Friday, 10 January 2014

The Last Winter of Dani Lancing by PD Viner

published 2013




She’s come all the way across London to this little shop in Wimbledon, somewhere nobody knows her, to buy a specialist hunting knife. She carries no ID, just cash – a cover story all worked out: her husband will be hunting for the first time, big promotion up for grabs and he needs to impress. So she will have to gut, slice and cook whatever he manages to shoot. She’s pleased with her invention and has topped it off with a disguise: waxed jacket and riding boots she bought from Oxfam yesterday. She’s also wearing lots of make-up. Mutton dressed as mutton. She spent all morning in front of a mirror perfecting her cut-glass home-counties accent, reborn as Hilary Clifton-Hastings. Nobody can refuse to sell a hunting knife to a Clifton-Hastings.



observations: This complex book was recommended to me by blogfriend Col, of Col’s Criminal Library. I first read Viner’s novella, The Sad Man, which is being given away free for Kindle in the hope of luring in buyers for Winter. I was really impressed by The Sad Man – as it turns out, slightly more than by this one, although it is a real twisty, plot-driven thriller - a first novel doing very well for itself. Dani is a young woman who was killed 20 years ago: her father talks to her ghost; her mother – long separated from her father – is still searching for the killer; and her would-be boyfriend Tom also never got over her murder. He is a policeman, heading up a unit specializing in such crimes. The book traces sudden new developments in the case, and how the three of them react to this. Dani’s mother is the woman above, and you don’t have to be a genius to work out what she wants the knife for.

The end of the book brings an absolute torrent of competing revelations as people make confessions that aren’t quite what they seem, or make unlikely connections, or agree to very bizarre actions. I felt that someone should tell Viner to calm down a bit, stop making it quite such a kaleidoscope – he doesn’t need all those extra curlicues, and nor did he need the byzantine time scheme – jumping around all over the place from 1984 to 1989 to 2010 and then back again. It was confusing, annoying and completely unnecessary. But it was a good, riveting read – and see Col’s review for a more enthusiastic take on it.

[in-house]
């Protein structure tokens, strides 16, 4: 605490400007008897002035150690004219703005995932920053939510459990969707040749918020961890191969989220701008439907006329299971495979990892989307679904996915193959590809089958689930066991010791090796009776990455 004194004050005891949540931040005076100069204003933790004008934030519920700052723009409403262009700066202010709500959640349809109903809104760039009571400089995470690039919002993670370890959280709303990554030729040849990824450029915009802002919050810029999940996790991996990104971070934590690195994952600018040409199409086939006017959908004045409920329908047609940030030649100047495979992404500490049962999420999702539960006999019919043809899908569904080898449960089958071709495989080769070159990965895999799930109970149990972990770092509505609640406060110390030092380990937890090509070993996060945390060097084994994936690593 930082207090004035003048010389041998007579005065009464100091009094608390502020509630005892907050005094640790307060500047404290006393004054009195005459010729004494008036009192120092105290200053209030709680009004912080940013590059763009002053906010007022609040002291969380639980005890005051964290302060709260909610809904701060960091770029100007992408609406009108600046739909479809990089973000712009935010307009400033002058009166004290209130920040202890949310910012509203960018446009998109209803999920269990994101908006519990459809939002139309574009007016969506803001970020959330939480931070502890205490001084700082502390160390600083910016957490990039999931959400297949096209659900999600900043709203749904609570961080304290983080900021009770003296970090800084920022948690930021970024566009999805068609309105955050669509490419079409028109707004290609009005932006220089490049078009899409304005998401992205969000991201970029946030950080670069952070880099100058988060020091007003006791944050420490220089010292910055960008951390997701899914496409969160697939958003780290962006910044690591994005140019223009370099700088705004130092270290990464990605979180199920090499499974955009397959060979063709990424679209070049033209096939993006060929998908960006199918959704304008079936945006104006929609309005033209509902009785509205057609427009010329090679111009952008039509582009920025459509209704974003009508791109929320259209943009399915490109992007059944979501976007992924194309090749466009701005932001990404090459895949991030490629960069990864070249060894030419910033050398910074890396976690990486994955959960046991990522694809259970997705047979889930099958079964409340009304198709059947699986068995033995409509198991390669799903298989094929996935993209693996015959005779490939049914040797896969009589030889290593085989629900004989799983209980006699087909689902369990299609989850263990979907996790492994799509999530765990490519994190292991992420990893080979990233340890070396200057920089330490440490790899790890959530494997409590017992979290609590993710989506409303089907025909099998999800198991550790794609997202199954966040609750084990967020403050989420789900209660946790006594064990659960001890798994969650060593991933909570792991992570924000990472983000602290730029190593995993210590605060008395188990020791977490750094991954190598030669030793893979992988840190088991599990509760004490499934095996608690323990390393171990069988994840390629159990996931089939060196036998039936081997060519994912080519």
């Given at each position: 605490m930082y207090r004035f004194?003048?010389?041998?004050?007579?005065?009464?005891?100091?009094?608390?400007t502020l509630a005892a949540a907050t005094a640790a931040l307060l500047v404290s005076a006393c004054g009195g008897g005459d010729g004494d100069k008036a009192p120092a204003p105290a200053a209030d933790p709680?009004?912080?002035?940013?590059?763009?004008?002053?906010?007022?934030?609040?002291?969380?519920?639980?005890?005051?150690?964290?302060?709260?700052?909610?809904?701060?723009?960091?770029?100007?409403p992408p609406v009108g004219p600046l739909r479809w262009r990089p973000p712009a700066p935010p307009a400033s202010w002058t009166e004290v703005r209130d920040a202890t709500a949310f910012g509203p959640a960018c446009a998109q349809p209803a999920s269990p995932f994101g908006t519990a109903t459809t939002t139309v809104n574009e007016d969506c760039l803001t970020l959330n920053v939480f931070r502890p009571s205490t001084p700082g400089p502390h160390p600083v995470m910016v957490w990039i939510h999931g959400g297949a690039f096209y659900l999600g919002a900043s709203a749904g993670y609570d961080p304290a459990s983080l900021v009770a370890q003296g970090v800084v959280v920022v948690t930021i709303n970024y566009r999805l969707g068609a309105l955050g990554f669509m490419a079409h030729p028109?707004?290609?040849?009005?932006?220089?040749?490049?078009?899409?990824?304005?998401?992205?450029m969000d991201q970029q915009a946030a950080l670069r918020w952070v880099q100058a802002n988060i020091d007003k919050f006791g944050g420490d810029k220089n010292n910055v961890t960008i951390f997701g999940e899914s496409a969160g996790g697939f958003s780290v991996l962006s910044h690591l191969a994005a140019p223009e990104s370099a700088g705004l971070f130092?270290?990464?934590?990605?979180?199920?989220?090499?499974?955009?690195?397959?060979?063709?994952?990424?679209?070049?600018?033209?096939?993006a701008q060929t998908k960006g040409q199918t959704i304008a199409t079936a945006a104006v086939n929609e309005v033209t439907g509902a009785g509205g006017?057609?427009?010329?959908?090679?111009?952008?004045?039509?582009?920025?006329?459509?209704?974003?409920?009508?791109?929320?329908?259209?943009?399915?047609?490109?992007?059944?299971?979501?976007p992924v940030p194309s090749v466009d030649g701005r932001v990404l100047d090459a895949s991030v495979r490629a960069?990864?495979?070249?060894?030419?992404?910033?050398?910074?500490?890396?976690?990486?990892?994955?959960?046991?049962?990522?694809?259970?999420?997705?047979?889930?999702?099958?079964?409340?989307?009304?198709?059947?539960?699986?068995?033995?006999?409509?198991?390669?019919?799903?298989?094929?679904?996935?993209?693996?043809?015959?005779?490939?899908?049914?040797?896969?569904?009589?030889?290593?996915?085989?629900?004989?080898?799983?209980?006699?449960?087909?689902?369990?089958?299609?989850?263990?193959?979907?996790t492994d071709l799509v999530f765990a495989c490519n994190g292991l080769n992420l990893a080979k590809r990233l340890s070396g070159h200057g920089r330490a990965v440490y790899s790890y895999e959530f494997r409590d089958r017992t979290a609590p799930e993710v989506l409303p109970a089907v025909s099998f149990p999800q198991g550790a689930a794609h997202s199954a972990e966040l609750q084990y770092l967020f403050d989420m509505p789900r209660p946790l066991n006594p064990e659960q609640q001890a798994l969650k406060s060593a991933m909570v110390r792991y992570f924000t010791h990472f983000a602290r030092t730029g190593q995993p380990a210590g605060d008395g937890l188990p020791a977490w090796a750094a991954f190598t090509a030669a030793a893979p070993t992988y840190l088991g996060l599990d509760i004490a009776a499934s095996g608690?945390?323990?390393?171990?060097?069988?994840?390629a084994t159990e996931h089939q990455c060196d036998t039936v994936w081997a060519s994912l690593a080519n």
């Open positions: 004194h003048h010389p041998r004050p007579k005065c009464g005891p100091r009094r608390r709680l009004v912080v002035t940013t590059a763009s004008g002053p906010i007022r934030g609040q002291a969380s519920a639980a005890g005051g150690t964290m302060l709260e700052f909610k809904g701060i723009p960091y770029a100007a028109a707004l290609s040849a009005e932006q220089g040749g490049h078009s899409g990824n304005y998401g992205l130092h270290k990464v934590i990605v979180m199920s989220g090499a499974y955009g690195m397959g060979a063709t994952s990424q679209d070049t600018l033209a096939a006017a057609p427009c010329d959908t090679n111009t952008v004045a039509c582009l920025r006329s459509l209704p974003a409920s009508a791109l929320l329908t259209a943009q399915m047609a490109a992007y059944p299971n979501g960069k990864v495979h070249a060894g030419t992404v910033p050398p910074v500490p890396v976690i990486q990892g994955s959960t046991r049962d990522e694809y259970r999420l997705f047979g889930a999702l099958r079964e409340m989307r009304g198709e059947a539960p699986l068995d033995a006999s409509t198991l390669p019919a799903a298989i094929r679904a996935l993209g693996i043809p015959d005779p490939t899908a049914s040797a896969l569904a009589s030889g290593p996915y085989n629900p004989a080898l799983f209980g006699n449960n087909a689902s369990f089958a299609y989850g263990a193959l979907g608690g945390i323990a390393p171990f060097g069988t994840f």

It seems the book is going to be the first of a series. In some ways it’s hard to see where Viner will go from here, but it’ll be interesting to find out.

The picture is the incomparable Kate Moss, who could never be called Hilary Clifton-Hastings. (This imaginary character brings some light relief to a book which is otherwise very free of humour.)

8 comments:

  1. Hmm, glad you enjoyed it, for the most part. Yes there was a helluva a lot going on at the end, which I kind of got swept up in and enjoyed, but can also see your POV. (I've just finished a book last night, which was enjoyable overall, but which to me, seemed a bit too busy in the last third.)

    Likewise, I'm interested in seeing what he does next, I would hazard he will need to expand his range of characters, as I can't see how any except one, can figure next time out.
    Sorry that it wasn't quite the barn-stormer I was hoping you would find it.

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    1. I did enjoy it, and it certainly kept me reading, I wouldn't have stopped, and I like a book that surprises me, as this one did. I think I would have given it a 4 compared to your 5! And I will definitely be looking at the next one.

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  2. Moira - Thanks very much for your take on this. I must admit I've been wavering on whether to read this or not, although I'm mostly of a 'yet' mentality. Looks like I'll want to prepare myself for quite a ride...Oh, and that is a great picture of Kate Moss. Of course, I've never seen her look bad in one...

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    1. I love Kate Moss, I could look at her all day. The book certainly kept my interest throughout, it lived up to its job as a thriller! Not the best ever, but well worth a read I think.

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  3. This book is pretty expensive here and I am avoiding buying books for awhile anyway. So I will put this one on a list for future reference. It would be interesting to see how it develops into a series.

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    1. As you've got plenty in hand, it's probably a good idea to wait till it comes down in price. And Col and I will keep you informed when the next book comes out...

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  4. Moira: I wonder if Kate Moss ever has a moment in her life when she is not conscious of how she looks. There seems to be a camera around her for every moment she is out of her home.

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    1. I know - extraordinary woman, extraordinary life. But she's so unusual in that she never talks about, doesn't try to be an actress or a writer, just gets on with her life.... I do think she is amazingly beautiful.

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